Meg Casey
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"Most Able Disabled"

Meg Casey's handicapped issues column

Accepting a handicap

Meg Casey
January 19, 1983

Dear Meg,

How long does it take to accept one’s handicap. Or do you at ever accept it?

Is counseling suggested?


This is a sort of question that I shall have to answer from a personal viewpoint because I'm not so sure that a person ever accepts a handicap. They might discipline themselves into dealing with the reality of it but what they learn to accept is its "unchangeableness."

I am 27 seven years old and it wasn't until a couple of years ago that I could even use the word in relation to myself without gagging on it first. And I consider myself pretty well-adjusted. The labels are limiting; the condition is bad enough.

I would in fact say that my life, for the most part, has been stylized “to spite" my handicap and those whose thinking might restrict me within the boundaries of its definition.

It was vitally important in my development that I proved to myself – by proving to the world – that I was just as capable of achieving goals as anyone else, if not more so. Only after success could I look at the word – handicap – and see what it truly was, a word.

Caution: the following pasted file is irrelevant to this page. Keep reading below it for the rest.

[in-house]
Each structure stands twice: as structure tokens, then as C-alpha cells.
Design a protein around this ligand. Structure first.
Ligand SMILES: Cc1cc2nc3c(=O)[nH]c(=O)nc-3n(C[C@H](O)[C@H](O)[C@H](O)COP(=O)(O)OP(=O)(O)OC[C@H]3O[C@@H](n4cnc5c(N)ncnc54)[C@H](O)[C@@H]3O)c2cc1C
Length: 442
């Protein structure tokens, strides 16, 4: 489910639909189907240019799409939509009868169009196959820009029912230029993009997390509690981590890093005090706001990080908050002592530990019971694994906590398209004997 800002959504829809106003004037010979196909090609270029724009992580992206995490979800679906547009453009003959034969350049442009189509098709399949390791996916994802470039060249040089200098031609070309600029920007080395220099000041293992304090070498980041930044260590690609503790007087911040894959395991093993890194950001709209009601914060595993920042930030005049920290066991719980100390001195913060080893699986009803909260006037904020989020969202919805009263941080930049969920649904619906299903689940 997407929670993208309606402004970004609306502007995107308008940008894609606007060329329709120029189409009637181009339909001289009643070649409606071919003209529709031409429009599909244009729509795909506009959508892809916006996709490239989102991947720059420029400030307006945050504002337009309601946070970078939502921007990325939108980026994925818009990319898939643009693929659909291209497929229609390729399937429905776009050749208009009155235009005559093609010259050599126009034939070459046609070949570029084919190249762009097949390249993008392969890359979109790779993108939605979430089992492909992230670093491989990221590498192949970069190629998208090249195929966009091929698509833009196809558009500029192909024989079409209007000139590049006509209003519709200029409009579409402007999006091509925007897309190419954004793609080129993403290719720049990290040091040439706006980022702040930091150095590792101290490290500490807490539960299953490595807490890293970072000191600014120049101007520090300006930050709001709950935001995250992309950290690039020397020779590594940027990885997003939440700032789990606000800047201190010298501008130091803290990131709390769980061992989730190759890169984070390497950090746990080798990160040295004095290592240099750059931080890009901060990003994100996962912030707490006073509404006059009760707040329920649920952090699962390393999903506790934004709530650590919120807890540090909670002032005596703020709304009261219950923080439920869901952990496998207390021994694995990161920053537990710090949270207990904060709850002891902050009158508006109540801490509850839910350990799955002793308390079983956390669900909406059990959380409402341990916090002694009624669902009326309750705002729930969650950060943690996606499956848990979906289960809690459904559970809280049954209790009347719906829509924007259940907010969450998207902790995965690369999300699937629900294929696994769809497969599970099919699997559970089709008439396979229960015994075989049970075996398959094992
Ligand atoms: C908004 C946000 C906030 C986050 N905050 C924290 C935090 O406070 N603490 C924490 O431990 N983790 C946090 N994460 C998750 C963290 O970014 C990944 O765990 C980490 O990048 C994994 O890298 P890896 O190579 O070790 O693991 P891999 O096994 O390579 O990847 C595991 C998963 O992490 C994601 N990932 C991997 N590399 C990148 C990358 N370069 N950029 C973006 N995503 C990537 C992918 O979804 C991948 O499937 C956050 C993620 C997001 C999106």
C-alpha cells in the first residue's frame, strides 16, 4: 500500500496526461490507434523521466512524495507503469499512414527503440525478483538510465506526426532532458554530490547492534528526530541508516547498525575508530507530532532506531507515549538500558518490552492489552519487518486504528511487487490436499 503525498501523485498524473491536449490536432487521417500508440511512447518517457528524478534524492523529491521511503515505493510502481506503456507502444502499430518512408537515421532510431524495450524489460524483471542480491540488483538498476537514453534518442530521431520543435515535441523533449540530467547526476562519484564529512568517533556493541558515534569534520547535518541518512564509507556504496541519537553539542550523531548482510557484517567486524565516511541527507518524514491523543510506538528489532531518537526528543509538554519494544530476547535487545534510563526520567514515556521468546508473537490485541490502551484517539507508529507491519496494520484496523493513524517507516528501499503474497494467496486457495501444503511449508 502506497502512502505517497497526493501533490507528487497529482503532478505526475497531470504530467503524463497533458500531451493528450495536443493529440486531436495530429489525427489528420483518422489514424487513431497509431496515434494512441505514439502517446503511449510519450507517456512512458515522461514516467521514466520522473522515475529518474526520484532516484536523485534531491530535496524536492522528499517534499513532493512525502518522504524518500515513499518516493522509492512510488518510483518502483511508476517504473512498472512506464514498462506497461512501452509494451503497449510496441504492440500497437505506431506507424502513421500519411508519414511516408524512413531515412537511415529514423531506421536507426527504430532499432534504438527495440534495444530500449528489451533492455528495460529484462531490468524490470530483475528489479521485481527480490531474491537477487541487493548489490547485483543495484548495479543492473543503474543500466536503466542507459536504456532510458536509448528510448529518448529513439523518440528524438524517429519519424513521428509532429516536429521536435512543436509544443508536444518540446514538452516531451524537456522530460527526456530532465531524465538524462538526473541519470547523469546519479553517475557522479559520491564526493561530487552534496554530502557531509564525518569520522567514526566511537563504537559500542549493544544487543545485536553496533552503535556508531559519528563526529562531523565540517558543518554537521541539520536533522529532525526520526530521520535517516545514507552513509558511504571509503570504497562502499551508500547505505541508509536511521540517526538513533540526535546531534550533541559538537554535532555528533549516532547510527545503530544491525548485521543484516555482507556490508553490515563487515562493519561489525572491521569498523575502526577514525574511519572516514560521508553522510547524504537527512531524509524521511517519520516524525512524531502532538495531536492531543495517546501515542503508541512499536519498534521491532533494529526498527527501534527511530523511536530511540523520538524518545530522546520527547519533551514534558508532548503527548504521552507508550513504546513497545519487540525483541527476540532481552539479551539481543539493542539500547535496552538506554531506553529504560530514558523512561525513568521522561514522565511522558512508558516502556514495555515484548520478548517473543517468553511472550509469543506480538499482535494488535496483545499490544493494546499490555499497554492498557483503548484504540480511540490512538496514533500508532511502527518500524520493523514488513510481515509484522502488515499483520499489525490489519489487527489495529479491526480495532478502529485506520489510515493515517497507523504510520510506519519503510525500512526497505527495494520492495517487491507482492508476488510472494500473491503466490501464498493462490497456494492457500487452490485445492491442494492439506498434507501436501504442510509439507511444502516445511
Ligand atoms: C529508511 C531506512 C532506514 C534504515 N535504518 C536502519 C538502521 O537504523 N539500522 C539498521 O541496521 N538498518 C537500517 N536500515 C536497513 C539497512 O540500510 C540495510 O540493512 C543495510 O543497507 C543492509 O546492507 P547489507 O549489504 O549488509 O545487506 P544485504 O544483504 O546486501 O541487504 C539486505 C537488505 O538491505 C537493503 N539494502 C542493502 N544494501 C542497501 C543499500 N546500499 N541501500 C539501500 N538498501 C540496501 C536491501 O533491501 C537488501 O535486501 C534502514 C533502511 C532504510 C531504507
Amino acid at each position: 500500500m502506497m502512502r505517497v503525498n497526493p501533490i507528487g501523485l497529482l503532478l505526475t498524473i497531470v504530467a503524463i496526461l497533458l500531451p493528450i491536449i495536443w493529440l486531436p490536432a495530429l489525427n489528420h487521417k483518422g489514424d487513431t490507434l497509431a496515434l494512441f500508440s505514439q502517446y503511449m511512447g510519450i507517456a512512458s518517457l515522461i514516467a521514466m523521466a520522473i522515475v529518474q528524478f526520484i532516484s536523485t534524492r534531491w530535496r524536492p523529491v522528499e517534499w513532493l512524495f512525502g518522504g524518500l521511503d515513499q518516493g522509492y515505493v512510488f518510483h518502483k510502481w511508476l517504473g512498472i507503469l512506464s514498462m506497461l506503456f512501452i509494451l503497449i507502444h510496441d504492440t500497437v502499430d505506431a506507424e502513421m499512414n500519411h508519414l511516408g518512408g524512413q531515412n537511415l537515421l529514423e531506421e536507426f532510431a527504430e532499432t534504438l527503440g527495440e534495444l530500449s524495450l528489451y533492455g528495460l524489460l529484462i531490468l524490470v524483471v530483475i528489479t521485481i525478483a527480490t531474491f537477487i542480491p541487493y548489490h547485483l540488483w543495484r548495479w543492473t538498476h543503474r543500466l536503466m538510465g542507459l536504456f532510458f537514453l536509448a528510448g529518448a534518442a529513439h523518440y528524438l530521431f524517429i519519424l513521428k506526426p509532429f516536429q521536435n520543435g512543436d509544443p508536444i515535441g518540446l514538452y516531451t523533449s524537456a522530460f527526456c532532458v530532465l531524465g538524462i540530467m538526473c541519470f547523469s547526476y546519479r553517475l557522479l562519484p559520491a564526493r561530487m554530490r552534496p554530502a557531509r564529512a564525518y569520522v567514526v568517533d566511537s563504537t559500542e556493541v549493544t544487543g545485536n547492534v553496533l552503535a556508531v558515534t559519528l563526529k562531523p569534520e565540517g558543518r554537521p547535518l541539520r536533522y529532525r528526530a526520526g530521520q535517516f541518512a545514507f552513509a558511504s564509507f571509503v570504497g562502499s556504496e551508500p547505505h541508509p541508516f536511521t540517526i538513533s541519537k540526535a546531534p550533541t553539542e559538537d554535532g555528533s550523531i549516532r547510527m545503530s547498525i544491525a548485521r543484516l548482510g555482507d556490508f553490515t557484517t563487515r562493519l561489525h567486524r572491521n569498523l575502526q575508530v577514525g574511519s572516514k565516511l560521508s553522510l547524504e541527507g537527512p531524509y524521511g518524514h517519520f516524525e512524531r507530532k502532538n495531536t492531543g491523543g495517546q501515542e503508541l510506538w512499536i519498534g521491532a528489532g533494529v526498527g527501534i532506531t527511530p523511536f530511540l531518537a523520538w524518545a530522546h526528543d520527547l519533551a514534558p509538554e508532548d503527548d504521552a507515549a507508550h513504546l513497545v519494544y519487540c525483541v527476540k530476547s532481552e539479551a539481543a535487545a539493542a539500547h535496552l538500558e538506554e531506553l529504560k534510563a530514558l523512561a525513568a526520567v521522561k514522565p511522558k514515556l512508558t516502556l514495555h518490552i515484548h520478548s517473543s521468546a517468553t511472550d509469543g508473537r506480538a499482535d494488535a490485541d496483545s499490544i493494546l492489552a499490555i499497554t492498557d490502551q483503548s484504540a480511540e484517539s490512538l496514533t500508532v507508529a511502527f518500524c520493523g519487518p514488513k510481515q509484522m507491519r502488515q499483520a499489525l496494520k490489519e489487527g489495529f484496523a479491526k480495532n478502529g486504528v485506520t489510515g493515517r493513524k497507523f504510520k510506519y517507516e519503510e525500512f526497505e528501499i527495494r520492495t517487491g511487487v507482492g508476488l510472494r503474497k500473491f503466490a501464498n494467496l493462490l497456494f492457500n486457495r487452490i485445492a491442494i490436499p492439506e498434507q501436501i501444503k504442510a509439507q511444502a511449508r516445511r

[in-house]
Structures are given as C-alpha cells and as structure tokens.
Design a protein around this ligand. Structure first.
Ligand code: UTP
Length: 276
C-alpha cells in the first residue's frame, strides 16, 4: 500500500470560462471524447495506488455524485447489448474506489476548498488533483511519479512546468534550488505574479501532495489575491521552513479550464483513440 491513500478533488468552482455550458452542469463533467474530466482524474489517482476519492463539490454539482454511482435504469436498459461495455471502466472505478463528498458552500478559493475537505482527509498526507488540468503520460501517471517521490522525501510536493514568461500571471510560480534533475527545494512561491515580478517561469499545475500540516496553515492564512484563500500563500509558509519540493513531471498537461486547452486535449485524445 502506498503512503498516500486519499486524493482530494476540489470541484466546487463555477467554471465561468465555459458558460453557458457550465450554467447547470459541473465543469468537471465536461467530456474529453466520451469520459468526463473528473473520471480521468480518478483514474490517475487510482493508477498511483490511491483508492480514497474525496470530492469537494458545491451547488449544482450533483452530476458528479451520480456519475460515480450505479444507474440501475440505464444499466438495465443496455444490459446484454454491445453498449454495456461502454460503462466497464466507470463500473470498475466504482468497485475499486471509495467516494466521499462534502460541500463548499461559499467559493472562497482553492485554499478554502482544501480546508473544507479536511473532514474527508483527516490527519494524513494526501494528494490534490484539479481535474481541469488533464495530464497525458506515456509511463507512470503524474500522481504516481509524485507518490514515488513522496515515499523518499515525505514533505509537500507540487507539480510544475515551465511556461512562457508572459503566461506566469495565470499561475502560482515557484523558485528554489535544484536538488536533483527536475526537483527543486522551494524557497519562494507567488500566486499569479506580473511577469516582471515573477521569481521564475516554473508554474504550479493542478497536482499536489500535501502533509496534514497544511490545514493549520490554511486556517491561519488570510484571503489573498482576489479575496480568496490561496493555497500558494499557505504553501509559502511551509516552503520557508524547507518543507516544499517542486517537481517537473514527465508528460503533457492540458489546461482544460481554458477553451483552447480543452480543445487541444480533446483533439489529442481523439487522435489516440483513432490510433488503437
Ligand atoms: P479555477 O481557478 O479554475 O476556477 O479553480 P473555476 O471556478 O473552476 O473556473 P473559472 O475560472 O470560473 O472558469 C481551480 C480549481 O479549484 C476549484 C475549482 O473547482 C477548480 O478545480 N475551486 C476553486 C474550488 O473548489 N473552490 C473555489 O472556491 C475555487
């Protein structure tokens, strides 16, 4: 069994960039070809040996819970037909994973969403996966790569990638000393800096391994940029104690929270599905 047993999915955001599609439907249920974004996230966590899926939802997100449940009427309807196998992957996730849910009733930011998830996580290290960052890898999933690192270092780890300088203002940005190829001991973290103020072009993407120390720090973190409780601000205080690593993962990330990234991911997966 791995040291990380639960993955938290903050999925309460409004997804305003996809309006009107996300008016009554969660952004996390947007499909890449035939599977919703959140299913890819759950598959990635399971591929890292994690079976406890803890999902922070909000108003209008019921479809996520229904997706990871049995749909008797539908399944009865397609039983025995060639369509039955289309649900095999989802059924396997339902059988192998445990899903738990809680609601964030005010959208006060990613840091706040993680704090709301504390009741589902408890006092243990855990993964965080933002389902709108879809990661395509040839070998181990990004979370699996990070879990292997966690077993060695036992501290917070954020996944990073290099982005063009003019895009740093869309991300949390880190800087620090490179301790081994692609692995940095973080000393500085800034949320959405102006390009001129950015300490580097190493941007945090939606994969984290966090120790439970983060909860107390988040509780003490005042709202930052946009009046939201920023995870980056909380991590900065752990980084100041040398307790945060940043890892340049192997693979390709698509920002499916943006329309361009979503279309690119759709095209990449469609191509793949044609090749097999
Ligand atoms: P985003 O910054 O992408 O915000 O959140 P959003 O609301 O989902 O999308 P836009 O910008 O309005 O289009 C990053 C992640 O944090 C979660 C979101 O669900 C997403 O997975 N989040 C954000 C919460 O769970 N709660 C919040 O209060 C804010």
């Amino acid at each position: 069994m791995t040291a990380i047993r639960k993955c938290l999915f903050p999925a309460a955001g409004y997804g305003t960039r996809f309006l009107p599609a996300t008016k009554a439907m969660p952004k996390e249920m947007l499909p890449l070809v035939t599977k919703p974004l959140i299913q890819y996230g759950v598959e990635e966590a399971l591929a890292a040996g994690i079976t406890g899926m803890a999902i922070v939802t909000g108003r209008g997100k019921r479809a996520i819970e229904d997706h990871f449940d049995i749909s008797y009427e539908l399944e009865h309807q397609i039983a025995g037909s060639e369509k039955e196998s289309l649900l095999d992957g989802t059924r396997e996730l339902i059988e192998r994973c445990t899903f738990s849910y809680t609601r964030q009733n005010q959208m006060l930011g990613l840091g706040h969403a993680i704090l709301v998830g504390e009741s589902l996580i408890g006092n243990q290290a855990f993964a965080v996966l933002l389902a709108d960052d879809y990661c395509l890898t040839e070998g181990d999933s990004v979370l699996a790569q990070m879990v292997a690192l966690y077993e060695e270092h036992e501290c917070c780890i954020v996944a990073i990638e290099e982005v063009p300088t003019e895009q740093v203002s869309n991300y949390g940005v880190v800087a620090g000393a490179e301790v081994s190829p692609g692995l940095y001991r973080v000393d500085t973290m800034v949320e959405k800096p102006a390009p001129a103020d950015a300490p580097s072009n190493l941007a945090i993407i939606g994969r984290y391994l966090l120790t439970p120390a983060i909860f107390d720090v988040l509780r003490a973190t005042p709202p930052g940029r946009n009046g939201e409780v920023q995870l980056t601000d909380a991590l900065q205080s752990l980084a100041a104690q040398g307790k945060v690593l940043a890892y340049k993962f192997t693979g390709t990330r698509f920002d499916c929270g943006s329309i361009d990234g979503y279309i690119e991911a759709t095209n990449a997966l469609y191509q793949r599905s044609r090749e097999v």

Words only have as much punch as we allow them. It is the amount of faith which person has in his or her own self-worth that drives him or her to do great things. That golden word is confidence.

Is counseling suggested?

Yes. Both peer and Department of Vocational Rehabilitation counseling. Especially in the teenage years when peer pressure is at its toughest and fitting in, by physical makeup or decoration is so essential.

Everyone relates to high school war stories and the traumas of being accepted into the "crowd," regardless of differences in sex and age. To have had someone available to talk with about my hurt and confused feelings at that age – like a peer counselor - might have been a comfort to me. Perhaps it might have made it easier to get through because those are undoubtedly the hardest years.

A peer counselor is someone who is on the same level as you, in this case physically. That counselor need not have to same disability of the counselee, unless it is request. Together they share experience and hopefully the person being counseled is able to learn the ropes of the game from someone who has gone through it already. If no answers are known they can be searched for together.

In the later years of high school the counseling of the Department of Vocational Rehabilitation would help a disabled student to look at all the fields of study available and choose appropriately for his or her particular situation D.V.R. also helps with the funding of educational training.

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originally published 1982 to 1985 in the Milford Citizen newspaper
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